Animal sanctuary’s time up at Hadley stop

  • Patrick Veistroffer feeds the animals that are part of Cloa's Ark Animal Sanctuary in Hadley. —File Photo

Staff Writer
Published: 11/13/2019 11:43:54 PM

HADLEY — An animal sanctuary that has already relocated seven times in the past eight years could be on the move again as an arrangement for its cows, goats and sheep to stay in a 2-acre field in front of Pulse Cafe on Route 9 for the past 18 months nears its end.

With the one-year deal between Cloa​​​​​​’s Ark owners Patrick and Claudine Veistroffer and Pulse Cafe that began on June 1, 2018 already extended several months beyond its May 31 end date, the sanctuary, which has more than 150 animals, may depart by the end of November.

“It’s gotten to the point where, is it going to be a fiasco for us?” said Diana Smith, a public relations specialist for Pulse.

The concern comes as animals have escaped the field because of problems with the fence, overcrowding in parts of the field, and dangers posed by the enclosure, with some animals getting stuck for several hours. There has been both lack of on-site monitoring and lack of responsive communication, Smith said.

“It was not legally safe for us to continue the relationship,” Smith said, noting Pulse’s future could be in jeopardy. “Our property is not sustainably safe for animal care.”

Under the original deal, Pulse provided the water and electricity free of charge because its owners saw the sanctuary as fitting with the mission of the vegetarian restaurant. A donation jar was even placed in the restaurant to help the Veistroffers, and customers were encouraged to visit the animals.

Smith said the owners were given plenty of notice and offered assistance in moving, but have come up with excuses why leaving is not possible.

“If it’s really about the animals, then finding them proper homes is of the essence — that is our point and has always been,” Smith said.

Pulse Cafe put a notice on its website elaborating on its decision to remove the sanctuary.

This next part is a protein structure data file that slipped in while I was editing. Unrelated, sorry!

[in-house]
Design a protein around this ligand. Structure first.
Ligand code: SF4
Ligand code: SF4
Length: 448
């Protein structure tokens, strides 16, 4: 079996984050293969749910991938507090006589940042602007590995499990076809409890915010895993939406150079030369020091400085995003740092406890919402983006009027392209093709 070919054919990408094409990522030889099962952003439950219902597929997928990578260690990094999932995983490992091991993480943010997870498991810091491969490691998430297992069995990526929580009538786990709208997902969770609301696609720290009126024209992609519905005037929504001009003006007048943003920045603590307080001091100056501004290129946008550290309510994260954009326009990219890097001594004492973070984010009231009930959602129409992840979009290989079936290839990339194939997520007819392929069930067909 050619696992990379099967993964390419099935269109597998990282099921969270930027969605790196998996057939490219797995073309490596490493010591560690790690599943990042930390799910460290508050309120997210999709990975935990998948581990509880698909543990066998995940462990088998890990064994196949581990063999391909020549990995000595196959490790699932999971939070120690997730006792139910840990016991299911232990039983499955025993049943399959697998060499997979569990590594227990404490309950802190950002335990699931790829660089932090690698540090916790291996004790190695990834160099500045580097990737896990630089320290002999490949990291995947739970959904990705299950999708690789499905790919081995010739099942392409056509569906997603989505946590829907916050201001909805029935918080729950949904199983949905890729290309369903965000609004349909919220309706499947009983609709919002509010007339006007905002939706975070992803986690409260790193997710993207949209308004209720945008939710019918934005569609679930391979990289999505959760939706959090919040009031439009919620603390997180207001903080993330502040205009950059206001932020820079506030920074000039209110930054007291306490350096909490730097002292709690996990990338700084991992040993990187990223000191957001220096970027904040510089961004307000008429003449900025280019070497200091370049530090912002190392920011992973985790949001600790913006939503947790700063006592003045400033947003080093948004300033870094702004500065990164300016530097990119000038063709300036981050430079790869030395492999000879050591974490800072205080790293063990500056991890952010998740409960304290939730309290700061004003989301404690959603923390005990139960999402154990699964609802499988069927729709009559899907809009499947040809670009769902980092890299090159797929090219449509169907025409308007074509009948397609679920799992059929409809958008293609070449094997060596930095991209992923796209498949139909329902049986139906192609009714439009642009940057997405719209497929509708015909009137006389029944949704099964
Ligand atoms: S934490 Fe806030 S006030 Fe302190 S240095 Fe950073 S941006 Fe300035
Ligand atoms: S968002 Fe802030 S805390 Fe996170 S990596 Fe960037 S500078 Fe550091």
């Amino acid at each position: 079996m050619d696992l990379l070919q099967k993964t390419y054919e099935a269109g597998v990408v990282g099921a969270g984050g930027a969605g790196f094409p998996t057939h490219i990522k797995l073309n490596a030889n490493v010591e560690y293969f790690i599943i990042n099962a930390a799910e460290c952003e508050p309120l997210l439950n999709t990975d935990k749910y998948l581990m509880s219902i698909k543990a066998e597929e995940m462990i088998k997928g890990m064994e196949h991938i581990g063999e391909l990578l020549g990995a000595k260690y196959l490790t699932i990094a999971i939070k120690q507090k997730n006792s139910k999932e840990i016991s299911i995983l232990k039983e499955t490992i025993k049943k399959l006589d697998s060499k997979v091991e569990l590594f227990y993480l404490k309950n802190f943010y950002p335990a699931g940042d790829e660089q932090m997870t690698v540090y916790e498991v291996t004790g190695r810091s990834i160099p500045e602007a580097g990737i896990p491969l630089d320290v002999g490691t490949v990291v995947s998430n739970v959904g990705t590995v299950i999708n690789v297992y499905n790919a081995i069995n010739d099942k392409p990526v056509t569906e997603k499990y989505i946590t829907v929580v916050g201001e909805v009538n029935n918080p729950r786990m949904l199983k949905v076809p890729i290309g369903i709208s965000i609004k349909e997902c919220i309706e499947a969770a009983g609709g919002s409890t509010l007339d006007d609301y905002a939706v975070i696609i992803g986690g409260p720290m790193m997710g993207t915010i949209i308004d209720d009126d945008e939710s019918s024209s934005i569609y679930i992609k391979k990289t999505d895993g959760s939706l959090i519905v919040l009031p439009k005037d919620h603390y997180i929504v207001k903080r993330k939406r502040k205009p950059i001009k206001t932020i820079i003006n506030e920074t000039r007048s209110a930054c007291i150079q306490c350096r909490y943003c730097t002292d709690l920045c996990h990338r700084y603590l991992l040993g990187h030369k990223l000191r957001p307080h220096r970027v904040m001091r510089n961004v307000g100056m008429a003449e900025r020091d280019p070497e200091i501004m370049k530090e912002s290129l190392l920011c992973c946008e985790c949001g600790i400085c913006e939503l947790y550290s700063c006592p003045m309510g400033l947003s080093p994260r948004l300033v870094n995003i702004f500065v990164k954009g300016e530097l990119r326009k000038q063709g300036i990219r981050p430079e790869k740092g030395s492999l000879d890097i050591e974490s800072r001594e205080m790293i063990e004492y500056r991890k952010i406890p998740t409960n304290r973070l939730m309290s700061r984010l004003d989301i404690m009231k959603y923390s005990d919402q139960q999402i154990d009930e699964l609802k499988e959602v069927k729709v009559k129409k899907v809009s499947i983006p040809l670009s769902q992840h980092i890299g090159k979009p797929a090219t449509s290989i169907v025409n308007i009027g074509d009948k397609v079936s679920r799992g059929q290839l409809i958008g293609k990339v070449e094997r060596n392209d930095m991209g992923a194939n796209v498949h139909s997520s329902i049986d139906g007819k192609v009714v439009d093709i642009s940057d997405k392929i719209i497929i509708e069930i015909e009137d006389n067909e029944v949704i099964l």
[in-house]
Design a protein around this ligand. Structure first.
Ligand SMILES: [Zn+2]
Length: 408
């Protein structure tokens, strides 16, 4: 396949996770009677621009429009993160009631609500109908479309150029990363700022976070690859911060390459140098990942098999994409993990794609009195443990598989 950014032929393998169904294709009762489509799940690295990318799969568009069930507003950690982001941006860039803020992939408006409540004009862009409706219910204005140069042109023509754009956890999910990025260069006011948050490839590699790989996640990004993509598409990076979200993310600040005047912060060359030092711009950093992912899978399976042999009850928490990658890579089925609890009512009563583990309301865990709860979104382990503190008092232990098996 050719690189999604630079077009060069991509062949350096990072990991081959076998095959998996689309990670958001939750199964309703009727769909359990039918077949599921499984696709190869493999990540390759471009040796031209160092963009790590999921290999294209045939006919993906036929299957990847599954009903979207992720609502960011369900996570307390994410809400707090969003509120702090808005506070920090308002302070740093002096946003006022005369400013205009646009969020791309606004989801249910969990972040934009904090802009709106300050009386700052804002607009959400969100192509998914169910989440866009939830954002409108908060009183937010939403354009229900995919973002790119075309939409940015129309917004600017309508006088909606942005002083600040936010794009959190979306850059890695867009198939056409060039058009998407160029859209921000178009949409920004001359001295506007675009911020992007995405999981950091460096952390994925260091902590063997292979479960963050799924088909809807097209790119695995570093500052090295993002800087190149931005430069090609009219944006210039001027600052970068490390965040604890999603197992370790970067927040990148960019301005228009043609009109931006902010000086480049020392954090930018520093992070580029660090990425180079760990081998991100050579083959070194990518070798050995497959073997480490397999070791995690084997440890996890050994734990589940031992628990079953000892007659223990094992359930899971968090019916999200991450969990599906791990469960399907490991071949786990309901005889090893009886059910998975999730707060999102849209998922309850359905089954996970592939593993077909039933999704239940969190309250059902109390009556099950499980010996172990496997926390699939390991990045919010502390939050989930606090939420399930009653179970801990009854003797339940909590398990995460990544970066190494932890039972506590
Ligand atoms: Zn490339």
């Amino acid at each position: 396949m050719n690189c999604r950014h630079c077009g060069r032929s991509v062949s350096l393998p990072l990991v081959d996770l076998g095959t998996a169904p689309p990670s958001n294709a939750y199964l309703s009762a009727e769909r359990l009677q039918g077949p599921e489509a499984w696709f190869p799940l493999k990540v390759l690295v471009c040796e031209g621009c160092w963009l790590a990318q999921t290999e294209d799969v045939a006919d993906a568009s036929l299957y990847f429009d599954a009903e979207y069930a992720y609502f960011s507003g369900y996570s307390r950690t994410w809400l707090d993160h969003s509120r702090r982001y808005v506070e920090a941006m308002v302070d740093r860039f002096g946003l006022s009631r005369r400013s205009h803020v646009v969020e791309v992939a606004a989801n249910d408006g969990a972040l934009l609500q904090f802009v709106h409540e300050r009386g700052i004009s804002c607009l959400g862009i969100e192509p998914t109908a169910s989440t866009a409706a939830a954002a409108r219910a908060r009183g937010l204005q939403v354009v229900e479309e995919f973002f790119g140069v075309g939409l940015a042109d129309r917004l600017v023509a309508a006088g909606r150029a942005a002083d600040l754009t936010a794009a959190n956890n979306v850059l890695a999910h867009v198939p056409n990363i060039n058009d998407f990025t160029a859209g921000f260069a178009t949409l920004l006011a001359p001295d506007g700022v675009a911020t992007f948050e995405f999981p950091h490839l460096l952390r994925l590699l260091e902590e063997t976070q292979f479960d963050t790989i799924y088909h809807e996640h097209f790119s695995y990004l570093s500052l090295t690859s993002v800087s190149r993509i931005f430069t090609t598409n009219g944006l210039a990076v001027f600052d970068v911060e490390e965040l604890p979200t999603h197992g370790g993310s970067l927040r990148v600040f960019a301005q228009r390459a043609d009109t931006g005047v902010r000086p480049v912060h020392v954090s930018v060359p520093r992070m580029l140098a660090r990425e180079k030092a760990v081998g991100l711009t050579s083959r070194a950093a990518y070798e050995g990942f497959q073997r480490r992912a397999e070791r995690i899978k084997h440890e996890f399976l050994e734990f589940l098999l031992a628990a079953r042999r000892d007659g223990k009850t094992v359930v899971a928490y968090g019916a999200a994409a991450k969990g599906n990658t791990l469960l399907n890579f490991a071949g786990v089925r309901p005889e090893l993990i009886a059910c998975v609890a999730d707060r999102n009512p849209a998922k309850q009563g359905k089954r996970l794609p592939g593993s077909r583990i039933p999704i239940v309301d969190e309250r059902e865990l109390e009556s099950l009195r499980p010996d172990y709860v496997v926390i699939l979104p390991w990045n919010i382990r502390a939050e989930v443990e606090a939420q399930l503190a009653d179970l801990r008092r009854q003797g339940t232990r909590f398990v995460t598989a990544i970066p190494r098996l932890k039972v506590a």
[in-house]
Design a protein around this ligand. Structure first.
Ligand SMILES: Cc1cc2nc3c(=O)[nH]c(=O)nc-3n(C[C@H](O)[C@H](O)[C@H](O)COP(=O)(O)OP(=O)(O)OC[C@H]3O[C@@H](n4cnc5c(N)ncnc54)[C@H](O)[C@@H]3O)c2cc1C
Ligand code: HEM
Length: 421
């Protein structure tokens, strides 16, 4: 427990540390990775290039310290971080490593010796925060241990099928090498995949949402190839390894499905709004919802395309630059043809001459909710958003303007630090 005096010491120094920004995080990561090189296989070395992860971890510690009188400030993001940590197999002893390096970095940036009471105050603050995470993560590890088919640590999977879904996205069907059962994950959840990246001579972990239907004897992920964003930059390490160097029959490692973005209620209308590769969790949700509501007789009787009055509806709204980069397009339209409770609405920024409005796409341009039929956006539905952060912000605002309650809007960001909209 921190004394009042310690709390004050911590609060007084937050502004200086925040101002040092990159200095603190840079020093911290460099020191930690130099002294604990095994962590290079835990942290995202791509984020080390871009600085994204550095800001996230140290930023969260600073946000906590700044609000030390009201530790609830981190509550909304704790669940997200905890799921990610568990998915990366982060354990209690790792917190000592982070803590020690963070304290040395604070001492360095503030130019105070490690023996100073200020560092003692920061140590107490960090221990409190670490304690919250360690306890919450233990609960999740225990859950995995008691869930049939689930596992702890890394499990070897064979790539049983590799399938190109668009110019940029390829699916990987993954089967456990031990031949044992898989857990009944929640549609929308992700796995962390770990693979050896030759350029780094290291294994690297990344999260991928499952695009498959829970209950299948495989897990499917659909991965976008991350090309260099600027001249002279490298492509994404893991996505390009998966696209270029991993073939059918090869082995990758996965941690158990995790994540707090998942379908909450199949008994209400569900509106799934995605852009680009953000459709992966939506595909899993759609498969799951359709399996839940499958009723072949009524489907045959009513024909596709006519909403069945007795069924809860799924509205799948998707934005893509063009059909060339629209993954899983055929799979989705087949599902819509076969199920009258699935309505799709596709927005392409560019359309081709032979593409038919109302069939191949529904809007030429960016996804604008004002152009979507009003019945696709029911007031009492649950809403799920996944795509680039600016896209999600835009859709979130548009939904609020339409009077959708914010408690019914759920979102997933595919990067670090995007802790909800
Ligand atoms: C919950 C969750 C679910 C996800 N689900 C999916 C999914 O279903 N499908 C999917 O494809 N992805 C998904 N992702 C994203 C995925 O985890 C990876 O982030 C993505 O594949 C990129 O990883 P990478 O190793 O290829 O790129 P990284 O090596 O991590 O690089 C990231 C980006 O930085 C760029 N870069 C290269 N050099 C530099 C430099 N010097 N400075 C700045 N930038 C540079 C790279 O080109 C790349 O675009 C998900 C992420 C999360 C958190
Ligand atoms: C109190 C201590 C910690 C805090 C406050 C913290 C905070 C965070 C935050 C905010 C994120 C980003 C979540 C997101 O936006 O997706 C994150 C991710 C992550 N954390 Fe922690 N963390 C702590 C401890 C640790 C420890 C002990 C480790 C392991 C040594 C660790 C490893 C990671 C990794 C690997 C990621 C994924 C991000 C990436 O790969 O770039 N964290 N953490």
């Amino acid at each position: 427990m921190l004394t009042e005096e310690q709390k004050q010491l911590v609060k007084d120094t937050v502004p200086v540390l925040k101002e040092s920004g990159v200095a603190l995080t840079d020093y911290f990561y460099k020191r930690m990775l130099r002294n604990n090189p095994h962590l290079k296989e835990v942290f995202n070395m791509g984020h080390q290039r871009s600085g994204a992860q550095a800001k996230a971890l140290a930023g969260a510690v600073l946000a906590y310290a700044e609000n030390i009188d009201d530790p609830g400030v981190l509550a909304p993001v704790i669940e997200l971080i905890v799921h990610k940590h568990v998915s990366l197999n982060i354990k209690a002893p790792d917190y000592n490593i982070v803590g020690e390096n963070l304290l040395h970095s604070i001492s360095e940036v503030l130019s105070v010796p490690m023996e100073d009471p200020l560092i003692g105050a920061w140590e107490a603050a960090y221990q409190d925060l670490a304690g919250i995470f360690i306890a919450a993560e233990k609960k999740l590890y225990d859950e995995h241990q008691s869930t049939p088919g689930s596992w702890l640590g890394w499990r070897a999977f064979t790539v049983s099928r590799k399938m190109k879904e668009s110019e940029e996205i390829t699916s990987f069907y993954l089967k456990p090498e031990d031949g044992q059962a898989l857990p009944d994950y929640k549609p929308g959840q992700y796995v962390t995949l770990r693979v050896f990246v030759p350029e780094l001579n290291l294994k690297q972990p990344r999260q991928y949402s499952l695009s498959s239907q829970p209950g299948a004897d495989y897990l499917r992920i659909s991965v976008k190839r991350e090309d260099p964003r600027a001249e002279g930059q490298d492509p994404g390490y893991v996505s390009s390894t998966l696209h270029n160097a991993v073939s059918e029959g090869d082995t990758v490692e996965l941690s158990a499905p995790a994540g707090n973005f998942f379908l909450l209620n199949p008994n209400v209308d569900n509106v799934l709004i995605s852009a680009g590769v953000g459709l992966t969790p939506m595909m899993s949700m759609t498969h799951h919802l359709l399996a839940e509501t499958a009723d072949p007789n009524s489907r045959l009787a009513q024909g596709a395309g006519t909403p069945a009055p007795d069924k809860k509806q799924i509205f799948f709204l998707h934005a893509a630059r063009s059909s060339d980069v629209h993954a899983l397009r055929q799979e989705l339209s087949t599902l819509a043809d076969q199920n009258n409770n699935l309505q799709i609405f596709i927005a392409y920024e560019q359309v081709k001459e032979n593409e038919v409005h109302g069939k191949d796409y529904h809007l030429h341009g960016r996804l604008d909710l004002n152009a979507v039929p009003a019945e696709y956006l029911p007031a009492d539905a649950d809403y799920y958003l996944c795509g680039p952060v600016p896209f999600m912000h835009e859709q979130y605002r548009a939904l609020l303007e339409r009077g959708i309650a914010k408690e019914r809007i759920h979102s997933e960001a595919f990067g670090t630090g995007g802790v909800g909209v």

“Pulse Cafe’s founding partners and co-founders are 100% believers in the ethical and health movement of a plant-based diet and have dedicated their life’s work on this front. That is why we agreed to the temporary solution of lending our land to Cloa’s Ark, and that is also why we cannot consciously enable their misuse of the opportunity and the cost to the animals it represents.”

Patrick Veistroffer said he appreciates the hospitality and isn’t as concerned as volunteers and other supporters since he has faced similar situations before. He is seeking assistance from an attorney to learn whether the end date is negotiable.

“As far as Cloa’s Ark Animal sanctuary future, we have some back-up plan so there is no worries to have,” Veistroffer said. “(It) does not mean it is easy and nice.”

Just in the past four years, the Veistroffers departed from Greenfield in 2016 following a lengthy eviction procedure from a rental property on Factory Hollow Road and took their 120 animals to Legate Hill in Charlemont.

But in Charlemont, the Board of Health ordered the Veistroffers to leave after they were found to be illegally living in a camper.

Cloa’s Ark operates on a $30,000 annual budget for the animals sheltered at any given time, including roosters, chickens, rabbits and cockatiels that live at a nearby property where the Veistroffers also make their home.

Veistroffer said he and his wife and supporters are meeting each Sunday at a Hadley coffee shop and should have more knowledge about when the animals may be on the move again.

“We actually are not sure of the date,” Veistroffer said.

Given more time, Veistroffer is confident that a permanent site may be found in South Hadley that the couple could own, rather than rent.

“We are looking to buy land,” Veistroffer said, noting that he is trying to line up a grant from the U.S. Department of Agriculture.

The sanctuary needs four to five acres to provide enough space for growing crops, such as hay and alfalfa, and for the animals to graze, he added.

Scott Merzbach can be reached at

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